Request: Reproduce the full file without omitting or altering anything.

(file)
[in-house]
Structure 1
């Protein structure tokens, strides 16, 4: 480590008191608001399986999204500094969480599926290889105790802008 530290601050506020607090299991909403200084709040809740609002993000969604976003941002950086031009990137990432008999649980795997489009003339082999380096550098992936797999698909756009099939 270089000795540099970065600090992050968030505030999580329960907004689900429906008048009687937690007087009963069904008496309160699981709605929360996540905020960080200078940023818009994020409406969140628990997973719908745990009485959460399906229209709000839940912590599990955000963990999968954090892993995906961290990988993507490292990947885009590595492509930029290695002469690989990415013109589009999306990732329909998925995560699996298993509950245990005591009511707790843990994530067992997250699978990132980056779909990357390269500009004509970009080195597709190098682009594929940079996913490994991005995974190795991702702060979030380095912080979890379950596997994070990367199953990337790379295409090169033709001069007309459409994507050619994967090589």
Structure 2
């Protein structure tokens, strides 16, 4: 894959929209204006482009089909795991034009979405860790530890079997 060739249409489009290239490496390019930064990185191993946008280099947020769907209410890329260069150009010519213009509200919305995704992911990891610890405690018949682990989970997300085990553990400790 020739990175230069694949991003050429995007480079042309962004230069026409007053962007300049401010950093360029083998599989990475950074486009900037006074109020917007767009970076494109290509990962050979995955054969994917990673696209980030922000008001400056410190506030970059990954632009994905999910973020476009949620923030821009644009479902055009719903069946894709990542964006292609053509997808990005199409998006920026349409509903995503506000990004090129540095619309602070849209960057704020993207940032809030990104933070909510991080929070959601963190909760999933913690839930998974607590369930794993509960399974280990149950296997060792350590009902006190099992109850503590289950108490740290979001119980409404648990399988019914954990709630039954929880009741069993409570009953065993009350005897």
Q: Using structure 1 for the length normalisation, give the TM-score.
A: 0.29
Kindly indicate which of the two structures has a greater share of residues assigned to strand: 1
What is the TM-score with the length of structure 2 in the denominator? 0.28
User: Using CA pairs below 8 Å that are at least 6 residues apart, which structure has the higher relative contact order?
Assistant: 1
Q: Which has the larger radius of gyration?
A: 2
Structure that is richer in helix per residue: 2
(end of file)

[in-house]
Structure 1
């Protein structure tokens, strides 16, 4: 480590008191608001399986999204500094969480599926290889105790802008 530290601050506020607090299991909403200084709040809740609002993000969604976003941002950086031009990137990432008999649980795997489009003339082999380096550098992936797999698909756009099939 270089000795540099970065600090992050968030505030999580329960907004689900429906008048009687937690007087009963069904008496309160699981709605929360996540905020960080200078940023818009994020409406969140628990997973719908745990009485959460399906229209709000839940912590599990955000963990999968954090892993995906961290990988993507490292990947885009590595492509930029290695002469690989990415013109589009999306990732329909998925995560699996298993509950245990005591009511707790843990994530067992997250699978990132980056779909990357390269500009004509970009080195597709190098682009594929940079996913490994991005995974190795991702702060979030380095912080979890379950596997994070990367199953990337790379295409090169033709001069007309459409994507050619994967090589």
Structure 2
């Protein structure tokens, strides 16, 4: 894959929209204006482009089909795991034009979405860790530890079997 060739249409489009290239490496390019930064990185191993946008280099947020769907209410890329260069150009010519213009509200919305995704992911990891610890405690018949682990989970997300085990553990400790 020739990175230069694949991003050429995007480079042309962004230069026409007053962007300049401010950093360029083998599989990475950074486009900037006074109020917007767009970076494109290509990962050979995955054969994917990673696209980030922000008001400056410190506030970059990954632009994905999910973020476009949620923030821009644009479902055009719903069946894709990542964006292609053509997808990005199409998006920026349409509903995503506000990004090129540095619309602070849209960057704020993207940032809030990104933070909510991080929070959601963190909760999933913690839930998974607590369930794993509960399974280990149950296997060792350590009902006190099992109850503590289950108490740290979001119980409404648990399988019914954990709630039954929880009741069993409570009953065993009350005897």
Q: Using structure 1 for the length normalisation, give the TM-score.
A: 0.29
Kindly indicate which of the two structures has a greater share of residues assigned to strand: 1
What is the TM-score with the length of structure 2 in the denominator? 0.28
User: Using CA pairs below 8 Å that are at least 6 residues apart, which structure has the higher relative contact order?
Assistant: 1
Q: Which has the larger radius of gyration?
A: 2
Structure that is richer in helix per residue: 2